A few months ago, Ryan Craig did something that would have been unthinkable for him just a couple of years ago: He helped build an app. “Chomp” is a food-truck-finding application that includes a vendor-side dashboard that lets the truck-owners manage their marketing.
But Craig, 42, is no coder. After a stint at Boulder Digital Works, though, he’s getting there. Today, he can sit with professional developers and understand what he’s looking at. He even built his own personal website where he can get into the back-end and “fiddle around.” Most importantly, he can look at code and “understand what’s wrong with it.”
Craig’s new skill set is borne out of necessity. After 15 years working in the ad industry as a director, producer, account coordinator and in direct response, he went back to school last year to learn digital.
He’s far from alone. As the need to know basic social, digital and mobile skills grows, experienced rank-and-file professionals are increasingly finding themselves shut out because they just didn’t grow up in that environment. While some attempt to learn it on the fly, others, like Craig, want a more deliberate approach. Want to stay employable? Go back to school. “I’m not going to be a coder, but I need to know what those people are doing,” said Craig.
“It’s your responsibility to make sure you’re keeping up,” said one talent executive at an agency who asked to remain anonymous. Because client work is so digital, having people on the team that know digital is necessary. One of the talent executive’s employees lost his job because he had no digital background. There was no place for him internally once the account he was on went away.
Craig recalls one of his first gigs at an ad agency in Houston, when the industry was just starting to catch up to websites. Not knowing anyone who could build them, one of Craig’s bosses got a 16-year-old from Canada to come do it. “He was real sharp,” recalls Craig. For years, Craig had the luxury of not needing to learn how to do the digital work. But more recently, he started hearing from agencies and employers what so many other older professionals are hearing: We’re not going to hire people unless they know this stuff.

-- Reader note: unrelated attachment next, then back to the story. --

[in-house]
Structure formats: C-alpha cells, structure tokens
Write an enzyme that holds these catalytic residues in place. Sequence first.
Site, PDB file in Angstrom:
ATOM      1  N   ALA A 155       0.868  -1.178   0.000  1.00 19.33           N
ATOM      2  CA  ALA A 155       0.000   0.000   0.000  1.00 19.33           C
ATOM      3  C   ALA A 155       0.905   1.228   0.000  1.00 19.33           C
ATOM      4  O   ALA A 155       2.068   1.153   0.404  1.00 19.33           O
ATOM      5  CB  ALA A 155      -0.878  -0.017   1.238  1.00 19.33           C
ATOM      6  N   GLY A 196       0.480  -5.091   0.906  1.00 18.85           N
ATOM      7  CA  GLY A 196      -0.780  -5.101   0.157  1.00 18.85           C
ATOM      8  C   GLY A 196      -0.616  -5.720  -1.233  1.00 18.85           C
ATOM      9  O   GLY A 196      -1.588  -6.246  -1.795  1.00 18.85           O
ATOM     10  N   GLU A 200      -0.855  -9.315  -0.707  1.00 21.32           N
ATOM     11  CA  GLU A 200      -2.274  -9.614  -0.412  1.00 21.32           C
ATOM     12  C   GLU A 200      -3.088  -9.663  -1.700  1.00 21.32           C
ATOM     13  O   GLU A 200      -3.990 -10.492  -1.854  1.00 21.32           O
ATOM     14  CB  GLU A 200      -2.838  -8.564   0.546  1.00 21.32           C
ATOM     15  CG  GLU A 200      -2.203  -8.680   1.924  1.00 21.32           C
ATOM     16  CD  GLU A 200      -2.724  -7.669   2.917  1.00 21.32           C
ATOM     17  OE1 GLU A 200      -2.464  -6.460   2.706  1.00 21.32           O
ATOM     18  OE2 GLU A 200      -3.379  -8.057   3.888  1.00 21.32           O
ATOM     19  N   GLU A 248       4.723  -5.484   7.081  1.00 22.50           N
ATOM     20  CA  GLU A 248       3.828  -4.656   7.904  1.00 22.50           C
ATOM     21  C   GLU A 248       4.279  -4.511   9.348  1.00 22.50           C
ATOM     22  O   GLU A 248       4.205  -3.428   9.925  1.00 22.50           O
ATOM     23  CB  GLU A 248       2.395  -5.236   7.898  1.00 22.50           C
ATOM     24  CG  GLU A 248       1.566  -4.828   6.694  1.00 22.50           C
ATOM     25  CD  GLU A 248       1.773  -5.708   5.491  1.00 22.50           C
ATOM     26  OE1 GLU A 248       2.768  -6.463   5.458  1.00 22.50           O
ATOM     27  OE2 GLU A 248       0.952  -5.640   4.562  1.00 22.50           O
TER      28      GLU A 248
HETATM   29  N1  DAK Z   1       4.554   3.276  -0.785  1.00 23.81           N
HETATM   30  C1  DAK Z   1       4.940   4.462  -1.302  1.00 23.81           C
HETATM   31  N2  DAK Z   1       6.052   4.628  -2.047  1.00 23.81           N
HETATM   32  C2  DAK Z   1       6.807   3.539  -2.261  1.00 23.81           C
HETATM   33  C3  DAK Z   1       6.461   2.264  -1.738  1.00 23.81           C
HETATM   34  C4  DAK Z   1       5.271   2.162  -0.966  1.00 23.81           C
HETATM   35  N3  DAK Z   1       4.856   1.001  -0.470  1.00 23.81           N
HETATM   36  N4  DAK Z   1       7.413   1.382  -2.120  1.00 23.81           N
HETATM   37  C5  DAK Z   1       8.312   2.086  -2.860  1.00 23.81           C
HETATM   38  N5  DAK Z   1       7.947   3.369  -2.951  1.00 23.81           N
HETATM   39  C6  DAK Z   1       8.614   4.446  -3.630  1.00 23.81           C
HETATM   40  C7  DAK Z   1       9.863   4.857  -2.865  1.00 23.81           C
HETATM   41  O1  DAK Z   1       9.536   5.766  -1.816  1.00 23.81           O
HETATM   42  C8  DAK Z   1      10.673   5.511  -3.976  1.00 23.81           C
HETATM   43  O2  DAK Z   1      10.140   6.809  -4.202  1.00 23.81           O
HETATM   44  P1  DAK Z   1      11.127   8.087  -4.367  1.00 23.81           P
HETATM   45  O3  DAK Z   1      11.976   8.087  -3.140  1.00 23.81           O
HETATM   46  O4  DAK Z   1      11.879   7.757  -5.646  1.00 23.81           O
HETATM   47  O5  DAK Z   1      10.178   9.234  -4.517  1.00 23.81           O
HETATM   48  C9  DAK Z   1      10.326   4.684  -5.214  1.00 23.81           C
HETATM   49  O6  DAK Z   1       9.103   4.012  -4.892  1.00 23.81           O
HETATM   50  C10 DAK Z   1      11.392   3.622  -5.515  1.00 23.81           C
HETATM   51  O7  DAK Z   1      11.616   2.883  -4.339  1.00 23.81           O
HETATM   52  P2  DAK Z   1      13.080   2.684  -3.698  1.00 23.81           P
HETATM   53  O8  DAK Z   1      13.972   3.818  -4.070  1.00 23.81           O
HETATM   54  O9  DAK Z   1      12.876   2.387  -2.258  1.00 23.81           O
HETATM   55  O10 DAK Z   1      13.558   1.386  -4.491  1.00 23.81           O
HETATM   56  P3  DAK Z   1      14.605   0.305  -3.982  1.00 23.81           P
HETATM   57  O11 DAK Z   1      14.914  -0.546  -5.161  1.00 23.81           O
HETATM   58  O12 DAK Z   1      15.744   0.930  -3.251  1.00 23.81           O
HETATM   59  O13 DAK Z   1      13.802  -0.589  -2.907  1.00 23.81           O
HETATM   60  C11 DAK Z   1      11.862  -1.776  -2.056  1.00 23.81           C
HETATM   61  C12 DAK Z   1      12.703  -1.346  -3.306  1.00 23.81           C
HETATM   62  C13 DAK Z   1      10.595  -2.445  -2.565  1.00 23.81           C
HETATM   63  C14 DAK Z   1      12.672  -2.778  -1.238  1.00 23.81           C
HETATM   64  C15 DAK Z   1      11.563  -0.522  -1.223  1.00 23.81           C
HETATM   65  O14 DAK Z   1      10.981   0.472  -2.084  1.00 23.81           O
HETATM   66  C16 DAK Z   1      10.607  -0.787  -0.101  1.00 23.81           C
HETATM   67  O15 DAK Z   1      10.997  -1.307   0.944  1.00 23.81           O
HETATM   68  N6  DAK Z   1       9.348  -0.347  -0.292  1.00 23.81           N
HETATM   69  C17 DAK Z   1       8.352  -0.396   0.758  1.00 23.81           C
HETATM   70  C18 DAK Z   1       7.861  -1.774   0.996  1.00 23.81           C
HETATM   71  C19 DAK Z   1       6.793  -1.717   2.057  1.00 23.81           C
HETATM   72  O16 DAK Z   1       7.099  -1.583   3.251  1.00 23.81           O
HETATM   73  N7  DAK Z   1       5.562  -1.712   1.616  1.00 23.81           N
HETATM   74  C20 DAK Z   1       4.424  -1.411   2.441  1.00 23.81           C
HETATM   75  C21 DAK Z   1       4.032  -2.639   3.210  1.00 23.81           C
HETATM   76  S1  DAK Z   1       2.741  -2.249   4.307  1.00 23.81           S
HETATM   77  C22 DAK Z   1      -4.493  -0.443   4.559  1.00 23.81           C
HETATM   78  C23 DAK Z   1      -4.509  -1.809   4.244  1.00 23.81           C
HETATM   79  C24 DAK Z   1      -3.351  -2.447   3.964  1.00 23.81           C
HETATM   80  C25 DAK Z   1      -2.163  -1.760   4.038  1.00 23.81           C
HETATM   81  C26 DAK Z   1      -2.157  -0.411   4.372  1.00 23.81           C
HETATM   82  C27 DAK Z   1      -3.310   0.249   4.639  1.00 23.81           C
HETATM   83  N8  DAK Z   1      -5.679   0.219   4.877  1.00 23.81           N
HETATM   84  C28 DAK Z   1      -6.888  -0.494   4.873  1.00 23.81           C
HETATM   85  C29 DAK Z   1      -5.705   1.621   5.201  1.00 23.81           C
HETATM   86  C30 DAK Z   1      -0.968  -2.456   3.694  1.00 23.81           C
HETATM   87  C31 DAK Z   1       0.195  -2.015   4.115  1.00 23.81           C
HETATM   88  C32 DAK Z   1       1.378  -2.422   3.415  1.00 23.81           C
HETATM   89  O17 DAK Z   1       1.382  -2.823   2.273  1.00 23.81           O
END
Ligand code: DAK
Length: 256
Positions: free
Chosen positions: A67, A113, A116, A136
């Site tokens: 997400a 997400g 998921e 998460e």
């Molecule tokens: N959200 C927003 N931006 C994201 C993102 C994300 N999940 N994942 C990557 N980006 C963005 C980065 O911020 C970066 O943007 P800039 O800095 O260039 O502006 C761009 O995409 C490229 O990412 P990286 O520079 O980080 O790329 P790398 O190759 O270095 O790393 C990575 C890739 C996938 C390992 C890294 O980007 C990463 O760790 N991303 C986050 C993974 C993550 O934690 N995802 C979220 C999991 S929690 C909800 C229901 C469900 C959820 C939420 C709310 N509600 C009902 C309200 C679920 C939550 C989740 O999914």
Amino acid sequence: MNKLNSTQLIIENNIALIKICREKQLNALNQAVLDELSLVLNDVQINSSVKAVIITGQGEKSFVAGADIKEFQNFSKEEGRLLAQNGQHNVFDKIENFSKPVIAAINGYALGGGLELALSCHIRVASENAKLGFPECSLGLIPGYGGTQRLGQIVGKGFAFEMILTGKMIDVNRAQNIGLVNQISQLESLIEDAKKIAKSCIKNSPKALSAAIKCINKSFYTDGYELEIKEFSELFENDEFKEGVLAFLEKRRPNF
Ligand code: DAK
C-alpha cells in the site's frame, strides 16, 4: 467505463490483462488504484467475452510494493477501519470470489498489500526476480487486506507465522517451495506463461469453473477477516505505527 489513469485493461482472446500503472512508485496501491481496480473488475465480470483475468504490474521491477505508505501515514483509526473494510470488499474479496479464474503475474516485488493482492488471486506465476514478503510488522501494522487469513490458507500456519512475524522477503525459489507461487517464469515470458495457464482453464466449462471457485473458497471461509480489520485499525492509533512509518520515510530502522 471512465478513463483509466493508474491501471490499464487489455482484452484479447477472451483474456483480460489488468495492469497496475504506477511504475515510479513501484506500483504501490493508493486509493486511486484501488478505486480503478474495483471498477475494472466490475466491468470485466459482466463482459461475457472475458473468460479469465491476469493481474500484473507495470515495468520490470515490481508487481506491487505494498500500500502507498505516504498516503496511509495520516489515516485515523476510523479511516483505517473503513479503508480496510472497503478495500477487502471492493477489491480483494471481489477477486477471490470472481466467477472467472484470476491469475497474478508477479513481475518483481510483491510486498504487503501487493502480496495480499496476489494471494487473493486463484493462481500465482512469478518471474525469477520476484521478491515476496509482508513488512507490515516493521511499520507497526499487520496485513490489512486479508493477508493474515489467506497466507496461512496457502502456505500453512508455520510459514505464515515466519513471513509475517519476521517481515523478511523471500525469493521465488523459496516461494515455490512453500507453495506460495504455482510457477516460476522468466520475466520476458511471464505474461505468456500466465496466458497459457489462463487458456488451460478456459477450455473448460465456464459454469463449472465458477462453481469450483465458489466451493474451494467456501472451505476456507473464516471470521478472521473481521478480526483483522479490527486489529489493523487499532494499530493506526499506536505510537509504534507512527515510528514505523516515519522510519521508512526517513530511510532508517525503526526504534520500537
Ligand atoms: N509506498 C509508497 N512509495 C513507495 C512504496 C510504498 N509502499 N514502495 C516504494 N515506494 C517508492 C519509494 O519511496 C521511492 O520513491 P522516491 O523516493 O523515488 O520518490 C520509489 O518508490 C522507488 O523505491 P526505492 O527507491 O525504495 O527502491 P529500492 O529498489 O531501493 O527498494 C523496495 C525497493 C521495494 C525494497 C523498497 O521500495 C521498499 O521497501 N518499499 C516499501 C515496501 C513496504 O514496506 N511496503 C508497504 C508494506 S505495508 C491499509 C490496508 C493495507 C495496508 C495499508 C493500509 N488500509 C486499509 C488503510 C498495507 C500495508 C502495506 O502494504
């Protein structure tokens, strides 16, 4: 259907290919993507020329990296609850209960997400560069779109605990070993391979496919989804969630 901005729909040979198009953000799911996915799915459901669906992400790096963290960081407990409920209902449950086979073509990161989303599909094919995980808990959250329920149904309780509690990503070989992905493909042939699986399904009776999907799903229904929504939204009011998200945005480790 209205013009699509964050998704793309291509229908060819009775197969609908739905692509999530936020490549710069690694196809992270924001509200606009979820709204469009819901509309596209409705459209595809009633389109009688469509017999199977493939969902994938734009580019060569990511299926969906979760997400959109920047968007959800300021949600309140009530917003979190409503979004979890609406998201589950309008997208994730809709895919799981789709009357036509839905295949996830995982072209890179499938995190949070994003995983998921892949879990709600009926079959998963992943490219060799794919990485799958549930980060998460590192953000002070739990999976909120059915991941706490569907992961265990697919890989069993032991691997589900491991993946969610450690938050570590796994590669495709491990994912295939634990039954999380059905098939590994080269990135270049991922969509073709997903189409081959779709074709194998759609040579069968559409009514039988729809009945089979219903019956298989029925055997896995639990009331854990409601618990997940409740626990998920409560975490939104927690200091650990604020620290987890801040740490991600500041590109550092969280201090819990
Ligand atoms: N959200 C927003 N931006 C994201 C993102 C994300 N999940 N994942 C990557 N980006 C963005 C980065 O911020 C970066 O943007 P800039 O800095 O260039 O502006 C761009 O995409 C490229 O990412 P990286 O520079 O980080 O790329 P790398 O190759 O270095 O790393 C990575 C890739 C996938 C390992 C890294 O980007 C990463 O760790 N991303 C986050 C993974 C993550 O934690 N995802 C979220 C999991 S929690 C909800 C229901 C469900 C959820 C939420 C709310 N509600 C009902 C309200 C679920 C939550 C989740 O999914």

A basic working knowledge
“They don’t have to become experts, but they need basic working knowledge,” said Patti Clifford, chief talent officer at Havas Creative Group. Clifford encourages “mature” employees to interact with younger talent to learn the ropes. Humbling, perhaps. But not as much as losing a job would be. Havas is also considering a new requirement for its employees to go through intensive 12-week programming courses. The executive team at Havas (average age: 45) also attended “Code in a Day” sessions recently to build apps.
It shows in the listings: The jobs posted on the 4A’s career site are mostly geared toward digital. Agencies and marketers are on the hunt for UX designers, digital marketing directors and digital creatives. Digital ad spending is forecasted to grow 14.8 percent this year to $137.53 billion, according to eMarketer. Traditional agencies know that if they don’t have people with digital chops, it’s not going to bode well for them.
Digital advertising has also gone through significant growth at the major holding companies. For example, digital accounted for 40 percent of Publicis’ revenue last year, and CEO Maurice Levy said it’s on track to reach 50 percent by 2018. Bella Patel, exec vp of HR at FCB Chicago, said that her agency relies on internal methods to get some of the people who haven’t grown up with digital to get on board. “We need to be able to get them there,” she said. A structured program of the likes of BDW or Hyper Island does work for that, she said. “They just need the passion to learn.”
Bruce Stockler, a 54-year-old McCann employee who handles McCann.com as well as the IPG agency’s social media accounts, understands the value of knowing digital. He was hired because he is a writer and a natural storyteller (he was a joke writer for Jay Leno in a past life) but had to quickly learn digital. He did it internally, by picking the brains of younger staffers and, in some cases, his own teenage kids.
The agency’s Twitter is one of the funniest and best — but there have been hiccups, too. Stockler doesn’t like using Instagram, because it’s entirely on his phone. So when he mans the agency’s page, he uses his desktop computer to download images he wants. But that frustration pales in comparison to his complaints about another platform he has to use all the time: “Wordpress is kind of a pain in the ass, too,” he said.
Fortunately, he knows what the solution is: “At some point, I need to go get some training.”
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